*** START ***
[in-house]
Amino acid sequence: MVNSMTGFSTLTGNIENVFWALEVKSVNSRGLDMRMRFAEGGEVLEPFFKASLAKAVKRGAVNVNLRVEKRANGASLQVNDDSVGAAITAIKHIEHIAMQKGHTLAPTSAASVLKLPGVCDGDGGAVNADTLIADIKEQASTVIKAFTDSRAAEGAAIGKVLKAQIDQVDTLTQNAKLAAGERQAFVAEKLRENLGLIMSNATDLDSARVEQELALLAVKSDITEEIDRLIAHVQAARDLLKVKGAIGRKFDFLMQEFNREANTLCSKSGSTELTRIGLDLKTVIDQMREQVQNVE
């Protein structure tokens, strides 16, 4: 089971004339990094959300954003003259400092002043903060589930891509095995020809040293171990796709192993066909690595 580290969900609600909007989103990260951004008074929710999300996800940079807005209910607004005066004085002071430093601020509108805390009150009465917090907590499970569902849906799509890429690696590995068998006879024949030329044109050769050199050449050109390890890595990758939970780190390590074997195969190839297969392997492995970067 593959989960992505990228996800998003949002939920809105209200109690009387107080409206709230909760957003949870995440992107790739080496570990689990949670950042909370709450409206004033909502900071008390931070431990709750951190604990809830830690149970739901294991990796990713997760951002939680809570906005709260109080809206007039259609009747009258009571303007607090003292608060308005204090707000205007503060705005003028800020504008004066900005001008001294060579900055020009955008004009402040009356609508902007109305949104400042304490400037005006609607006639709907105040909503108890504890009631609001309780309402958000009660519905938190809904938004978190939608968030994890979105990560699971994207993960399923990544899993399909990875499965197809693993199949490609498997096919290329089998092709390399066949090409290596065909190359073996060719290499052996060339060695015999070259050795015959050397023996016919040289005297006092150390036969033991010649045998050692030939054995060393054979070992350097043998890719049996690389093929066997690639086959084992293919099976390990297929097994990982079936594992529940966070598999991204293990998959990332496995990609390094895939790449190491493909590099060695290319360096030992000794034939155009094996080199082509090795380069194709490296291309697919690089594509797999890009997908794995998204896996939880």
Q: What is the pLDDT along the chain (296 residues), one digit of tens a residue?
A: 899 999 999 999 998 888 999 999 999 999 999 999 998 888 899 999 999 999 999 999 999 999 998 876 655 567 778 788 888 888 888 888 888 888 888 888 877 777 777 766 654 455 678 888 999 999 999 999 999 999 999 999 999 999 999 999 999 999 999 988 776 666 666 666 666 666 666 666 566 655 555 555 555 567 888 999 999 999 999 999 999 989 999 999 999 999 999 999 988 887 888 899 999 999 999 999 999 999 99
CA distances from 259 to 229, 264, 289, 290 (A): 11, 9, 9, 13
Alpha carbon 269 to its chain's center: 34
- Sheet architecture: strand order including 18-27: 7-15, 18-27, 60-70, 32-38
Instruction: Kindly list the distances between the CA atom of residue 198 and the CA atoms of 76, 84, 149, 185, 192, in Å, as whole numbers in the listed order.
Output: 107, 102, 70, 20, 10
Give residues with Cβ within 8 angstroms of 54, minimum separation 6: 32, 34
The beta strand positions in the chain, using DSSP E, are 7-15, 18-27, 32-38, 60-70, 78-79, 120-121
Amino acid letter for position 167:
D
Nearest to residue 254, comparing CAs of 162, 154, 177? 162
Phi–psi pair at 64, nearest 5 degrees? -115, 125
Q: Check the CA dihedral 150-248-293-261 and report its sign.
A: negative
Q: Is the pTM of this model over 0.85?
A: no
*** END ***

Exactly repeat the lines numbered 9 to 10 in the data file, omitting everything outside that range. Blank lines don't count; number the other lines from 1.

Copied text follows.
Instruction: Kindly list the distances between the CA atom of residue 198 and the CA atoms of 76, 84, 149, 185, 192, in Å, as whole numbers in the listed order.
Output: 107, 102, 70, 20, 10